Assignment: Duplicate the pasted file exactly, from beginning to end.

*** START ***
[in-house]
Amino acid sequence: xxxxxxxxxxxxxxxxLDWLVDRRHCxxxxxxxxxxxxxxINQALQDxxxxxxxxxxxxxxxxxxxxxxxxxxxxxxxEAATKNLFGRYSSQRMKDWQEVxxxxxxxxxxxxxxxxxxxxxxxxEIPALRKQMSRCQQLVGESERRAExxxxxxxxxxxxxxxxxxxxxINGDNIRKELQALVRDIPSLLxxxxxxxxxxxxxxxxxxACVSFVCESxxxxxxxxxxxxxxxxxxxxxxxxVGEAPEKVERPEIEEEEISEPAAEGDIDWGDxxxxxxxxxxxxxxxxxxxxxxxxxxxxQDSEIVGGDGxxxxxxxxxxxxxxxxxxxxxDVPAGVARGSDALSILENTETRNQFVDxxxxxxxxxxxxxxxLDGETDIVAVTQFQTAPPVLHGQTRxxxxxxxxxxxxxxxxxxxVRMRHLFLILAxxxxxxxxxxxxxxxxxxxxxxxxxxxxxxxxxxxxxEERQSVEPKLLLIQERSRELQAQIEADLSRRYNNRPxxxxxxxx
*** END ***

[in-house]
Amino acid sequence: xxxxxxxxxxxxxxxxLDWLVDRRHCxxxxxxxxxxxxxxINQALQDxxxxxxxxxxxxxxxxxxxxxxxxxxxxxxxEAATKNLFGRYSSQRMKDWQEVxxxxxxxxxxxxxxxxxxxxxxxxEIPALRKQMSRCQQLVGESERRAExxxxxxxxxxxxxxxxxxxxxINGDNIRKELQALVRDIPSLLxxxxxxxxxxxxxxxxxxACVSFVCESxxxxxxxxxxxxxxxxxxxxxxxxVGEAPEKVERPEIEEEEISEPAAEGDIDWGDxxxxxxxxxxxxxxxxxxxxxxxxxxxxQDSEIVGGDGxxxxxxxxxxxxxxxxxxxxxDVPAGVARGSDALSILENTETRNQFVDxxxxxxxxxxxxxxxLDGETDIVAVTQFQTAPPVLHGQTRxxxxxxxxxxxxxxxxxxxVRMRHLFLILAxxxxxxxxxxxxxxxxxxxxxxxxxxxxxxxxxxxxxEERQSVEPKLLLIQERSRELQAQIEADLSRRYNNRPxxxxxxxx